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Grand Staircase Escalante National Monument Overview

The Grand Staircase Escalante National Monument, established in by president Clinton in 1996, encompasses 1.9 million acres of wilderness in southeastern Utah.  It is located between Glen Can National Recreation Area, Capitol Reef National Park and Bryce Canyon National Park.  To get there, drive along Utah State Highway 12 which runs east from the Bryce Canyon area to the small towns of Escalante and Boulder.  The Monument is home to spectacular scenery, twisting canyons, interesting geology, paleo sites and as of yet - no tourist amenities (thank goodness).

The term "Grand Staircase" has been used by geologists to describe the unique geologic sequence in the area.  The rocks that comprise the Grand Staircase would sit above those found in the Grand Canyon, where they have since eroded away.  Some of the rock layers form cliffs, each of which has a distinctive color.  Starting from the south, the cliffs that make up the staircase are:

  • Vermilion Cliffs - composed of the Moenave, Kayenta and lower Navajo Sandstone Formations.  Formed as rivers deposited silt across ancient tidal zones, then eventually desert dunes covered the terrain.   This deposit is easily seen near Kanab, Utah.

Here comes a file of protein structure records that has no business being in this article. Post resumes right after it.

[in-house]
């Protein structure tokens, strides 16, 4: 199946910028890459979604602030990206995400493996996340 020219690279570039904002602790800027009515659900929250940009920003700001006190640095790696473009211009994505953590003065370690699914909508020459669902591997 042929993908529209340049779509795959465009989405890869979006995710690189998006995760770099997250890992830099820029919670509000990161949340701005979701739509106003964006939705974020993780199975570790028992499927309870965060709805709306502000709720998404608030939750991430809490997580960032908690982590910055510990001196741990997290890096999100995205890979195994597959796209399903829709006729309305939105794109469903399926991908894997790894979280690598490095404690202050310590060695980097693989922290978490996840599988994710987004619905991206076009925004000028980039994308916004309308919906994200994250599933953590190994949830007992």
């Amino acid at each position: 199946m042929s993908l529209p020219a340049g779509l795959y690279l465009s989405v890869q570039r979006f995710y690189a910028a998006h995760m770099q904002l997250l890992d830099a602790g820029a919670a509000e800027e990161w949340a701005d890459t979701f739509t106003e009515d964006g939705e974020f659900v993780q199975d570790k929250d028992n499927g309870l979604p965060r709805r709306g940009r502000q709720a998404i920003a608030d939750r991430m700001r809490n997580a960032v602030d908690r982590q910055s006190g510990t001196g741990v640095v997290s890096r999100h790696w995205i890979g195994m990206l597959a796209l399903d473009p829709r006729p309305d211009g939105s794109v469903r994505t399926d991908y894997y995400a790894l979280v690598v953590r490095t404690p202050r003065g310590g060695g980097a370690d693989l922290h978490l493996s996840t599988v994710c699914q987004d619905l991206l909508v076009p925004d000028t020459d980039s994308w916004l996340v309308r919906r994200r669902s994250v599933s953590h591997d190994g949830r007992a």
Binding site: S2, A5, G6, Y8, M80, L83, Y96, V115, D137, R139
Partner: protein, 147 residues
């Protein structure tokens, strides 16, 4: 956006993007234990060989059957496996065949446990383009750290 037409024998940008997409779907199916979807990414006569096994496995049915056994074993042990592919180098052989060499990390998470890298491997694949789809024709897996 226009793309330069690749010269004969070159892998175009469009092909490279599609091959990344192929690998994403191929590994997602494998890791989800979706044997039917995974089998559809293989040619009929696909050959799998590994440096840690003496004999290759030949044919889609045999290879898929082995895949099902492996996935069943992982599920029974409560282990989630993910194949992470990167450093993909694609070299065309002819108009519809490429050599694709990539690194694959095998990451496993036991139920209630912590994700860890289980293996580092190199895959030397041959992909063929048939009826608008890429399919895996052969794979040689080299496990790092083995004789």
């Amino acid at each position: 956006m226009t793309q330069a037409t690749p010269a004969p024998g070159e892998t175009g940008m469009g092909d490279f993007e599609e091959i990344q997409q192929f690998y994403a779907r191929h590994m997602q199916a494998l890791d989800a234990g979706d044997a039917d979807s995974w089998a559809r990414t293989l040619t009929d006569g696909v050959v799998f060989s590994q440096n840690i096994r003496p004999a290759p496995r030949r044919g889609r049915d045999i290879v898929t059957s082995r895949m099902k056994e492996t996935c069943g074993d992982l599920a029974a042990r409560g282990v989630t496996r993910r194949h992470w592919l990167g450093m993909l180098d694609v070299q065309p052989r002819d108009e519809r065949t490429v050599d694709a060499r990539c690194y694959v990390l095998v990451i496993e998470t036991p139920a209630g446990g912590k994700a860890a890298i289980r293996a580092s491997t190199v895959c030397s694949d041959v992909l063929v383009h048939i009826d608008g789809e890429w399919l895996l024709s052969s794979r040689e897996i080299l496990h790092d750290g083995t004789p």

• White Cliffs - composed of the upper Navajo Sandstone formed by the deposition of sand from ancient dunes.  Seen in the Escalante River and Calf Creek areas.

  • Grey Cliffs - composed of the Tropic and Straight Cliffs Formations, these were deposited as sediment in streams and swamps.   This step is seen in the central portion of the Monument especially along Hole-in-the-Rock Road. 

  • Pink Cliffs - composed of the Wasatch Formation, which was deposited as mud, silt and limestone in a series of lakes.   Bryce Canyon National Park provides an example of this formation.

The monument is managed by the BLM and continues to face threats including: grazing, hunting, oil and gas exploration (thanks to Conoco), illegal road building as well as the ubiquitous use of ORVs used to cart flabby flesh where weak legs can't go.  The Southern Utah Wilderness Alliance offers some good suggestions for what you can do to help protect this special area (click here).